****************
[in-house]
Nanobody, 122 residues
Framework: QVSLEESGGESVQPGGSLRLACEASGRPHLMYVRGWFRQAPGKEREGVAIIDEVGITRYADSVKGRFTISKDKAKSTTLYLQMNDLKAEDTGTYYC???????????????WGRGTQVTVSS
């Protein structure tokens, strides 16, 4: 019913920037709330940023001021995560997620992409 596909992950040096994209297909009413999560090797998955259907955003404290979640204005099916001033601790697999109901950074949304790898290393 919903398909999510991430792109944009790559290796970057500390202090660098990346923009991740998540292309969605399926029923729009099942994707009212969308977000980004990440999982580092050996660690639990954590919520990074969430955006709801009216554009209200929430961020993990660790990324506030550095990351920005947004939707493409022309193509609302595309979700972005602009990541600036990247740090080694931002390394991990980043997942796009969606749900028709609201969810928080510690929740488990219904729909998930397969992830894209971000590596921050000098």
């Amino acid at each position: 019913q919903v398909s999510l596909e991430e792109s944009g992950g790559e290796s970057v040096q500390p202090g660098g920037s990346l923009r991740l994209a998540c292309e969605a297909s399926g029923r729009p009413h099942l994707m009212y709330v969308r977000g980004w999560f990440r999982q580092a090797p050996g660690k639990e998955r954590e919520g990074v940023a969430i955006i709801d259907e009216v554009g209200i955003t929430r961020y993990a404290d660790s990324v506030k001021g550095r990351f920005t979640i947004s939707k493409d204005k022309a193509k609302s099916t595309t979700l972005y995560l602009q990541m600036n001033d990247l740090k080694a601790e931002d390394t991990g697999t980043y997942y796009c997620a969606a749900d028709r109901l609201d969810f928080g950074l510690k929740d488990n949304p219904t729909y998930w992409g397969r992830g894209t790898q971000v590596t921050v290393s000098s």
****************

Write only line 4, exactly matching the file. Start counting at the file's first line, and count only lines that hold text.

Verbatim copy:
């Protein structure tokens, strides 16, 4: 019913920037709330940023001021995560997620992409 596909992950040096994209297909009413999560090797998955259907955003404290979640204005099916001033601790697999109901950074949304790898290393 919903398909999510991430792109944009790559290796970057500390202090660098990346923009991740998540292309969605399926029923729009099942994707009212969308977000980004990440999982580092050996660690639990954590919520990074969430955006709801009216554009209200929430961020993990660790990324506030550095990351920005947004939707493409022309193509609302595309979700972005602009990541600036990247740090080694931002390394991990980043997942796009969606749900028709609201969810928080510690929740488990219904729909998930397969992830894209971000590596921050000098």